One last thing about Greek verbs:  they have seven tenses (present, imperfect, aorist, future, perfect, pluperfect, and future perfect), three voices (active, middle, and passive), and six moods (indicative, subjunctive, optative, imperative, infinitive, and participle).

This concludes our introduction to ancient Greek.  You now know the alphabet, a few words, and the basics of noun and verb declensions.  If this merely whetted your appetite, don’t worry; there is still plenty to learn.   :)

If you are left wanting more, the next step would be a beginner’s Greek grammar, such as the ones I learned from:

Chase and Phillips, A New Introduction to Greek.  Cambridge:  Harvard University Press, 1977.
Very terse, but complete and well-organized.

Crosby and Schaeffer, An Introduction to Greek.  Boston:  Allyn and Bacon, Inc., 1928.
Repetitious and a little disorganized, but overall easier to understand.

More books about ancient Greek are available, some newer and well-recommended.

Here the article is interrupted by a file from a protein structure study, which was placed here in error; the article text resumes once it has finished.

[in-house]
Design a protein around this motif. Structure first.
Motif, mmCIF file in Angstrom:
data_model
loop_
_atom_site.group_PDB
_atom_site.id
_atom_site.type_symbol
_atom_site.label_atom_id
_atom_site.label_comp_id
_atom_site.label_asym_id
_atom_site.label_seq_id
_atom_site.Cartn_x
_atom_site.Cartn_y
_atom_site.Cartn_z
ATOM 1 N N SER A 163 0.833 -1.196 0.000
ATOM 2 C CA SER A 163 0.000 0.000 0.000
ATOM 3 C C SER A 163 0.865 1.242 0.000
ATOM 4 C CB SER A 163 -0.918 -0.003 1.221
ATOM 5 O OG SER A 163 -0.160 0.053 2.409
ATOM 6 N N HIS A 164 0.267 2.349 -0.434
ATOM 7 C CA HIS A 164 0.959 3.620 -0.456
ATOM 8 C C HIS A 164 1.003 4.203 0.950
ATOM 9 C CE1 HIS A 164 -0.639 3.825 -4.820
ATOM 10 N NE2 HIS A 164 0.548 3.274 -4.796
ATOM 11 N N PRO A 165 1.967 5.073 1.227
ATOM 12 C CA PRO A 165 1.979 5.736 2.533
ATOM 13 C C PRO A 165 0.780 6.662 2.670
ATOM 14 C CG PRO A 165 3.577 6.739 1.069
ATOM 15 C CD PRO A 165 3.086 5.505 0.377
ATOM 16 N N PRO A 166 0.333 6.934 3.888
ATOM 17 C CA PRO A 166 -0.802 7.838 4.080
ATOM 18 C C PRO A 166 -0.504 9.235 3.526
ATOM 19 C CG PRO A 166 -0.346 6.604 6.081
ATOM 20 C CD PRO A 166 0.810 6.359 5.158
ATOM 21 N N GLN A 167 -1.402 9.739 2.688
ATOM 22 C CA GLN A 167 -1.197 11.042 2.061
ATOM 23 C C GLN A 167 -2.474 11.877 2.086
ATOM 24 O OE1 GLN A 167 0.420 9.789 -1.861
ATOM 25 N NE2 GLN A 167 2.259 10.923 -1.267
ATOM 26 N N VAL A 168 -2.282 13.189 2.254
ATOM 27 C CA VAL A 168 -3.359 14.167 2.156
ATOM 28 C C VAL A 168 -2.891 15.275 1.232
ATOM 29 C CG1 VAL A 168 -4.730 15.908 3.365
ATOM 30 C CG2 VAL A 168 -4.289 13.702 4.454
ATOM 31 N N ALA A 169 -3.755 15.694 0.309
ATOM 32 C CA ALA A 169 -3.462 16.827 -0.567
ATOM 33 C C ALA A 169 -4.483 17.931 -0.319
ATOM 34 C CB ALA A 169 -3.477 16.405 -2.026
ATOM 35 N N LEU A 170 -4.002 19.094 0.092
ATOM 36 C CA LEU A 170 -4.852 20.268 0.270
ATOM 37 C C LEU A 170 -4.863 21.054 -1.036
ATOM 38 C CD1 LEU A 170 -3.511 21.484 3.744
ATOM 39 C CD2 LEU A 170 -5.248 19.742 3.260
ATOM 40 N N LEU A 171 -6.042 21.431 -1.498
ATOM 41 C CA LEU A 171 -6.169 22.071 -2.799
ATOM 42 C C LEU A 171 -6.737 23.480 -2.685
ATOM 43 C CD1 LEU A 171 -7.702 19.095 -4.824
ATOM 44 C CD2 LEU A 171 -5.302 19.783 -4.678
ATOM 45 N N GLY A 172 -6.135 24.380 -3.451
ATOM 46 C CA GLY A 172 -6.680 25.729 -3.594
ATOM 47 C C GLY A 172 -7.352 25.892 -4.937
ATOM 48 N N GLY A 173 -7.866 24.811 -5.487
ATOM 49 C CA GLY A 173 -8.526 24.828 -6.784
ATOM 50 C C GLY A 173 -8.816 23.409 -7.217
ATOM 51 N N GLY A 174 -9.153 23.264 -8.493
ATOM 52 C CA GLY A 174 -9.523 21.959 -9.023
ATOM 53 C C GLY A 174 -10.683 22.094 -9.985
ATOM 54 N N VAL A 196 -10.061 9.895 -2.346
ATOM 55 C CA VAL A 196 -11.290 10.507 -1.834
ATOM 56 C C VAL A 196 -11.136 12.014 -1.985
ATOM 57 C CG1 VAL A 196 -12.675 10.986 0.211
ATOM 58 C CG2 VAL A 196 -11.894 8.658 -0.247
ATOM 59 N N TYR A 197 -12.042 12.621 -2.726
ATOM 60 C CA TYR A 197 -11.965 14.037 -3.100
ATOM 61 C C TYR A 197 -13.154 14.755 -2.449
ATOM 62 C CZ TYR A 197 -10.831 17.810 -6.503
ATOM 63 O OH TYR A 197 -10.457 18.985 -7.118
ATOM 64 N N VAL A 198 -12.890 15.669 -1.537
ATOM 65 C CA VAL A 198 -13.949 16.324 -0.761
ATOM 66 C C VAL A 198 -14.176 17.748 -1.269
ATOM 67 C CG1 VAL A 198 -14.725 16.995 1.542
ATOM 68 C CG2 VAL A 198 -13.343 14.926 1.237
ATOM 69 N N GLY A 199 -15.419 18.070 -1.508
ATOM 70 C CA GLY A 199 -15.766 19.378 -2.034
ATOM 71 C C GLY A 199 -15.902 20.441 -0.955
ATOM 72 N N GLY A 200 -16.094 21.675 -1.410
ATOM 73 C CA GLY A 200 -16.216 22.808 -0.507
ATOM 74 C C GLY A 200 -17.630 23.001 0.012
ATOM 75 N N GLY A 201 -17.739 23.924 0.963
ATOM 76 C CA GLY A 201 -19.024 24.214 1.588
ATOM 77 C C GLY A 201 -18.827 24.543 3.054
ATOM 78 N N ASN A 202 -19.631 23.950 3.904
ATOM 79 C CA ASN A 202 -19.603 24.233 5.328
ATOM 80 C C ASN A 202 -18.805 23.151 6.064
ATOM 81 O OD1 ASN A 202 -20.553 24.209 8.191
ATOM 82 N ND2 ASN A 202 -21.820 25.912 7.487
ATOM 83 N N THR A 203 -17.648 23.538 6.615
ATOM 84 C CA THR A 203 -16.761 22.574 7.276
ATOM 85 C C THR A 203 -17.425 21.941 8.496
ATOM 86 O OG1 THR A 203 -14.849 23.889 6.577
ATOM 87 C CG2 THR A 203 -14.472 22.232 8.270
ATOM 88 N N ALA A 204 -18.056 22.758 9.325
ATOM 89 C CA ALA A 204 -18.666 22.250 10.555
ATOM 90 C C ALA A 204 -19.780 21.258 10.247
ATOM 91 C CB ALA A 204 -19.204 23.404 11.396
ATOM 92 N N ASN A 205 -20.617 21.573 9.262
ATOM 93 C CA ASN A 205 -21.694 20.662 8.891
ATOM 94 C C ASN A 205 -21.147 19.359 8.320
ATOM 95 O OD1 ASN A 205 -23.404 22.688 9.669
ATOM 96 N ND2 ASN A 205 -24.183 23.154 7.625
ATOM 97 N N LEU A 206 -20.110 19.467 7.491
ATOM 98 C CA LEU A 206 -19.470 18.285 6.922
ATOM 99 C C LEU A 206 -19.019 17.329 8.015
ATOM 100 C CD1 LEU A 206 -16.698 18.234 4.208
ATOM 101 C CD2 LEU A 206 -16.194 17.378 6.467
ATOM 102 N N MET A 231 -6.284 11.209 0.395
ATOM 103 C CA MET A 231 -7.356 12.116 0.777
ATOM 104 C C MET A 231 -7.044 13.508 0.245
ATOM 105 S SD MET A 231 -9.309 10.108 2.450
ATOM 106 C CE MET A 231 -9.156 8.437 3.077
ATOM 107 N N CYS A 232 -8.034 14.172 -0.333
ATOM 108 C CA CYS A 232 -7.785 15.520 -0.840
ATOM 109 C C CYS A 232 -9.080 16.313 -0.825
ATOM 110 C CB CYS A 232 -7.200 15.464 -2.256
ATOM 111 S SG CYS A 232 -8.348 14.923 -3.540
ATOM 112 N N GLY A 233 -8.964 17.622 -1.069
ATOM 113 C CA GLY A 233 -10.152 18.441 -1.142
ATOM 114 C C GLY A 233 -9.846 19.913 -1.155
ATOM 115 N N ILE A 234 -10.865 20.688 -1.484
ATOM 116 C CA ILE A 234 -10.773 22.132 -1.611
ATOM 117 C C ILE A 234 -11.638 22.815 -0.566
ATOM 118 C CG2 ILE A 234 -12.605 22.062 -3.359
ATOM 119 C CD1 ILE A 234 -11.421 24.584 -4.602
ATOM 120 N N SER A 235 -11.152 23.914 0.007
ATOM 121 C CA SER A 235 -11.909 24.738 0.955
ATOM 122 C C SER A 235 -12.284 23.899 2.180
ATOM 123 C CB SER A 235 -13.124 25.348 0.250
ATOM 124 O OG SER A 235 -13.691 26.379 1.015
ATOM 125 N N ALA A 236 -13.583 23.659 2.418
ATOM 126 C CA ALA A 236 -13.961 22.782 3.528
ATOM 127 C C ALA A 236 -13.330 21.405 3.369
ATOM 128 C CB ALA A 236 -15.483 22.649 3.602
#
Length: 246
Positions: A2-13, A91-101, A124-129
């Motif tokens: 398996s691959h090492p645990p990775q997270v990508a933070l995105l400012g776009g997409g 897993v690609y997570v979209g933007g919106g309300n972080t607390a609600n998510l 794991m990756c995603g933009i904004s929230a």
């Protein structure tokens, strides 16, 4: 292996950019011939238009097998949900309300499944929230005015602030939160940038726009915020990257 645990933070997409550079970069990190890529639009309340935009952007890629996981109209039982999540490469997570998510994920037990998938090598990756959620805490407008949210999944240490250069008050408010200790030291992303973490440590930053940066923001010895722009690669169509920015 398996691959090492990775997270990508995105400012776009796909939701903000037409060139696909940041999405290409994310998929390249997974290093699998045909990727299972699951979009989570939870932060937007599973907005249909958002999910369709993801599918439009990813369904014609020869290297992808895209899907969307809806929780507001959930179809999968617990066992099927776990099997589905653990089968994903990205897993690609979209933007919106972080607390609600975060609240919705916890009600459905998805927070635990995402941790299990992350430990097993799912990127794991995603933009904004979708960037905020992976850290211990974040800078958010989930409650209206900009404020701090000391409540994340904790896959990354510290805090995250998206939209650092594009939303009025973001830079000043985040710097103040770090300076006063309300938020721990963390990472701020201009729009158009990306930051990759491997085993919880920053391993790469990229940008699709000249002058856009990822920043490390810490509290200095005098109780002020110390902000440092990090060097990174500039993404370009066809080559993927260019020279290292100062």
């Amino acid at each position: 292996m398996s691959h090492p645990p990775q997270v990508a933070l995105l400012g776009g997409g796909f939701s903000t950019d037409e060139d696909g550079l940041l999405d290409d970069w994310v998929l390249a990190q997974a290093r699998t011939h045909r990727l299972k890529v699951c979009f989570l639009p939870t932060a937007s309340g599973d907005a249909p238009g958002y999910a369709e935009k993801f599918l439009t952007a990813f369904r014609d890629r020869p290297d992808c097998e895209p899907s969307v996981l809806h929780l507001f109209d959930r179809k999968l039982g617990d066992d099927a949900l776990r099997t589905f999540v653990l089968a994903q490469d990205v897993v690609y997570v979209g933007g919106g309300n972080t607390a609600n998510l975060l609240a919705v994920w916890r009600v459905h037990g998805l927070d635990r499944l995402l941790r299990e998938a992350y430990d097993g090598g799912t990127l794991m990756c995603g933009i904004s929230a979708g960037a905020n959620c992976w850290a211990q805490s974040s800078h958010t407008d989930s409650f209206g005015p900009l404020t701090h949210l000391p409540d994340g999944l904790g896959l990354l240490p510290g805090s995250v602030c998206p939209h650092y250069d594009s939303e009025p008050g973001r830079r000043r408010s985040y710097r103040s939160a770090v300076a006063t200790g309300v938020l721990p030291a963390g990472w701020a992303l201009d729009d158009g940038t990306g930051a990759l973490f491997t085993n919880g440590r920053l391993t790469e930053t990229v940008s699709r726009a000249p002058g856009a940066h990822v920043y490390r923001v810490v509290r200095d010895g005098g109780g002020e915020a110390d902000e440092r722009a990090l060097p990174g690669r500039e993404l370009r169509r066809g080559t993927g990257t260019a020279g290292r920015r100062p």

When you get really into it, check out the readings from the original Greek texts of Aristarchus and Archimedes (something to look forward to!)

I leave you with some prepositions, their commoner meanings, and English words derived from them:

ἀνά “up”  anabolic  βάλλω, “throw”
ἀπό “from” apostasy στάσις, “standing”
διά “through” diagonal γωνία, “angle”
ἐκ “out of, from” eccentric κέντρον, “point, center”
ἐν “in, among” empathy πάθος, “experience, feeling”
ἐπί “on, against” epigastric γαστήρ, “stomach”
κατά “down” catalyst λύσις, “loosing, parting”
μετά “with, after” metaphysical φύσις, “nature”
παρά “beside” parallel ἀλλήλων, “each other”
περί “about, near” perihelion ἥλιος, “sun”
πρό “before” prologue λόγος, “word”
σύν “with” symphony φωνή, “sound”
ὑπέρ “over, above” hyperbaric βαρύς, “heavy”
ὑπό “under” hypodermic δέρμα, “skin”

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